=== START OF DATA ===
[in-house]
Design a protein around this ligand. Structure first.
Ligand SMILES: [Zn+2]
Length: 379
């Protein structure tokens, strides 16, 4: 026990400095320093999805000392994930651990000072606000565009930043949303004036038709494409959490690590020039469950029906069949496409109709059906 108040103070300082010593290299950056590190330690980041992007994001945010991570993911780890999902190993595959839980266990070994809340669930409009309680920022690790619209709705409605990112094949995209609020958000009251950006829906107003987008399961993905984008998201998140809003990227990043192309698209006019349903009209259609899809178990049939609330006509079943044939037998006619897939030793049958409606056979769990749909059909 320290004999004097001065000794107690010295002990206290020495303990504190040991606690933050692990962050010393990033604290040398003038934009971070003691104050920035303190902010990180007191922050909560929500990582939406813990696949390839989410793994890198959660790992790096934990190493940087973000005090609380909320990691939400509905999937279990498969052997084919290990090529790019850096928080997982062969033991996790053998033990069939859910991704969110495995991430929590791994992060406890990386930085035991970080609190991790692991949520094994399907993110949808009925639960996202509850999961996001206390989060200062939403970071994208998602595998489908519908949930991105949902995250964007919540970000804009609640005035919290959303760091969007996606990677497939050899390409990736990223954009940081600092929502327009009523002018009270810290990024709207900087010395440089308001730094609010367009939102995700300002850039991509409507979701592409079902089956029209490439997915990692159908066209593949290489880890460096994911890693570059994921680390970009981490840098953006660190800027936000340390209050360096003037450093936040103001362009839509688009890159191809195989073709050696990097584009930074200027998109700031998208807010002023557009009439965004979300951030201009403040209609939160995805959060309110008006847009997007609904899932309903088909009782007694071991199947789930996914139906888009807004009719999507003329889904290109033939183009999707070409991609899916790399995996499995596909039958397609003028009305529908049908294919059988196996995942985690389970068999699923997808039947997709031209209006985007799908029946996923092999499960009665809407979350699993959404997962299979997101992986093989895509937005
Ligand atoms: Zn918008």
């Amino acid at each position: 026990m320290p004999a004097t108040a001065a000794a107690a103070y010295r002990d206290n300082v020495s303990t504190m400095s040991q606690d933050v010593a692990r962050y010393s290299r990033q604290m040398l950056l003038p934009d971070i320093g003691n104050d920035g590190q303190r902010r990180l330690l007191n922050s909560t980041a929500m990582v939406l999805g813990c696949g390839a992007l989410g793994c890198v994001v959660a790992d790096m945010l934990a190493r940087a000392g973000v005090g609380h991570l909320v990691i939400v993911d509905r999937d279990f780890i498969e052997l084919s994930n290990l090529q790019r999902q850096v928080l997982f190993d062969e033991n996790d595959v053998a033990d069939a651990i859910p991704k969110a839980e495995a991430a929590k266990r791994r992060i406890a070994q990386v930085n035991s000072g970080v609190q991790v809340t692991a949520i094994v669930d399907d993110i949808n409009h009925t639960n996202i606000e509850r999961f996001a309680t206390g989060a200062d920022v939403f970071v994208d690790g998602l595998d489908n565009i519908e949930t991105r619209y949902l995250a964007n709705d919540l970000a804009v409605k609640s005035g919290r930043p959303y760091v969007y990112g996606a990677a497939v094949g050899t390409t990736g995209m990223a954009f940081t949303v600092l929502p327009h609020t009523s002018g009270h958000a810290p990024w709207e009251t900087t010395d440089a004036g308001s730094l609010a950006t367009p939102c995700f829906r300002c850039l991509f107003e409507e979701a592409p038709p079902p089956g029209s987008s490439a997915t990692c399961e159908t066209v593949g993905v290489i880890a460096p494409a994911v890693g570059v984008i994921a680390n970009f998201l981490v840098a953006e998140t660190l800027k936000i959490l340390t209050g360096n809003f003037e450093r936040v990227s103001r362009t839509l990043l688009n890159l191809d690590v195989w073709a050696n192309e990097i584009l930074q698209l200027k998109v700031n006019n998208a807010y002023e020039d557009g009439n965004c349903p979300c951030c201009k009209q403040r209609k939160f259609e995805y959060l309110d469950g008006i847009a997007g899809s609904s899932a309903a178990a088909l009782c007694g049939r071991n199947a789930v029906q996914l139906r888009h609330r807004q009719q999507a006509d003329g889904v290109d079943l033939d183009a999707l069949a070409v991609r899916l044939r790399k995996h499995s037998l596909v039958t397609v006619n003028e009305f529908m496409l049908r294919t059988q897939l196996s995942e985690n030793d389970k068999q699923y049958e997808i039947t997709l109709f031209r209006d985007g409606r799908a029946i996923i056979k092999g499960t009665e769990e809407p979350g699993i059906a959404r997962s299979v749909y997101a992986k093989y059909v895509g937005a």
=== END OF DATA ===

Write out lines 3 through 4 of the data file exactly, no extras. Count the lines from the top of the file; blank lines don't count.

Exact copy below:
Ligand SMILES: [Zn+2]
Length: 379